Spend some time on our site and you’re bound to come across Masa Harina in a recipe, but what exactly is it?
Masa Harina is dried corn dough and is sometimes referred to as corn flour. Here’s a pic of the most common brand you’ll find in the States:
What is Masa Harina?
To fully understand where Masa Harina comes from it’s helpful to go back to the source. Take a look at this pic from a supermarket in Cozumel:
That’s the corn dough used to make fresh tortillas. Dried corn is soaked in calcium hydroxide and then put through a fine-grade grinder to make the corn dough — this is then used to make the morning batch of tortillas that you can buy in the markets of Cozumel (for less than a buck!).
If you dehydrate this corn dough you’ll get corn flour, or Masa Harina. Make sense?
Then all you have to do is add water to the Masa Harina and presto you’ve got some corn dough at home (also sometimes referred to as masa dough).
You can find Masa Harina in most supermarkets these days, and if not there then you’ll definitely find it at Latin or gourmet markets.
Here are the most common brands of Masa Harina you’ll find:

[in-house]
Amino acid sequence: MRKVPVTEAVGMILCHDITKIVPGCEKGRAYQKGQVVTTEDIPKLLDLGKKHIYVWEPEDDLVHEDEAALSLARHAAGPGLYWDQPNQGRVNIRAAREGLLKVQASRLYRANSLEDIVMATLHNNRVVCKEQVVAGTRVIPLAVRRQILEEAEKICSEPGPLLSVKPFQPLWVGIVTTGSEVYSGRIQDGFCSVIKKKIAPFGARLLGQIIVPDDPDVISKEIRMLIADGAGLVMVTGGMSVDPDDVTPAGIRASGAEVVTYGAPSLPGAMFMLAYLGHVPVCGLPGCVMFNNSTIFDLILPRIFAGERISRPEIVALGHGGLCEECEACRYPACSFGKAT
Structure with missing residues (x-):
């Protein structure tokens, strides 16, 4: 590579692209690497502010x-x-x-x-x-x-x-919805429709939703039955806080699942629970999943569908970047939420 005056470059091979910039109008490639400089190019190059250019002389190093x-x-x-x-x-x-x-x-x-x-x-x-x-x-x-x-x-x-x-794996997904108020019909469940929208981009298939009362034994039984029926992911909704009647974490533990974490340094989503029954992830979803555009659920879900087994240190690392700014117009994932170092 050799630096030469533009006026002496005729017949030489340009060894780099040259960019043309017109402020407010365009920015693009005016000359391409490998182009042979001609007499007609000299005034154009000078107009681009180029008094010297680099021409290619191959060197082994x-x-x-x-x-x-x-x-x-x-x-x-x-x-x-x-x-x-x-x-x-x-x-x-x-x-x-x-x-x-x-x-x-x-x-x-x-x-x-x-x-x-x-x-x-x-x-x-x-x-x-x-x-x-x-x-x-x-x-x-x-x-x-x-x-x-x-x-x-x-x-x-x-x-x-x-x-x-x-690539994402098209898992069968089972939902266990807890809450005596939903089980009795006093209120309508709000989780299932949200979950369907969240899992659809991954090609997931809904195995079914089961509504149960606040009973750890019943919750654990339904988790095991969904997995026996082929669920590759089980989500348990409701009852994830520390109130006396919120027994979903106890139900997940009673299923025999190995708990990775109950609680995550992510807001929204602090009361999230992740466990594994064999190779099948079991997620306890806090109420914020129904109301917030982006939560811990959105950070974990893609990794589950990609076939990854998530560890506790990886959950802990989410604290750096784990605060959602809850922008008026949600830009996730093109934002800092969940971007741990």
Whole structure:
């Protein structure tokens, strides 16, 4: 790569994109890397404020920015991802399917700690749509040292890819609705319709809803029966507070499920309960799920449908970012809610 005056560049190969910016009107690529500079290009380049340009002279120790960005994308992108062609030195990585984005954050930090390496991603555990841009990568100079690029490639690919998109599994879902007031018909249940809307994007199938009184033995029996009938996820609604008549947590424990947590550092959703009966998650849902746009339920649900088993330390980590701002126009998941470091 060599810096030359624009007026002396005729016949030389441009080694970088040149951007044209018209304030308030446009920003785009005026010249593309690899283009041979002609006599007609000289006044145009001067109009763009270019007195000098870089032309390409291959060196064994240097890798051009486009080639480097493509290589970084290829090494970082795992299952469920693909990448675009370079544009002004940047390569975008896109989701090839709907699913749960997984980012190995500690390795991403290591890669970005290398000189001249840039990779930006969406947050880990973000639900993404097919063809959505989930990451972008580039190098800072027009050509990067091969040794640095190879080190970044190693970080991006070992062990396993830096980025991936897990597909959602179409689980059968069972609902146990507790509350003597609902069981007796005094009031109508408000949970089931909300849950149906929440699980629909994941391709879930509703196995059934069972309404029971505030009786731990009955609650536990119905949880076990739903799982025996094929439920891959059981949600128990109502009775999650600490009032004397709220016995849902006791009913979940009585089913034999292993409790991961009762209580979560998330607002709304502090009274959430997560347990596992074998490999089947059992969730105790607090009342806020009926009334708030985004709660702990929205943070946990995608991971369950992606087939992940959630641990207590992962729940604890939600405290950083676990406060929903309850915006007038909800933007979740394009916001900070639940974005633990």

From left to right: Maseca, Bob’s Red Mill, Gold Mine.
So how do I use it?
The most common use is for Homemade Corn Tortillas. All you need is 2 cups of Masa Harina, 1/2 teaspoon salt, and 1.5 cups of warm water.
You can see all the details for this process in our corn tortillas post, but basically you are just rehydrating the Masa Harina into a cohesive dough:
And then flattening golfball sized rounds of this dough using a tortilla press, or even a flat-bottomed casserole dish:
Cook these for 1-2 minutes per side over medium-high heat and you’ve got some real deal tortillas on your hands.
We also use Masa Harina when making homemade masa. If you take the shortcut of using a food processor to grind your masa then you’ll need to dry out the dough before using it. Adding some Masa Harina is the perfect way to do this. (More details in our Masa Dough post.)
Got more questions about Masa Harina? Here are some other posts on my site to fill in the gaps (links include recipes):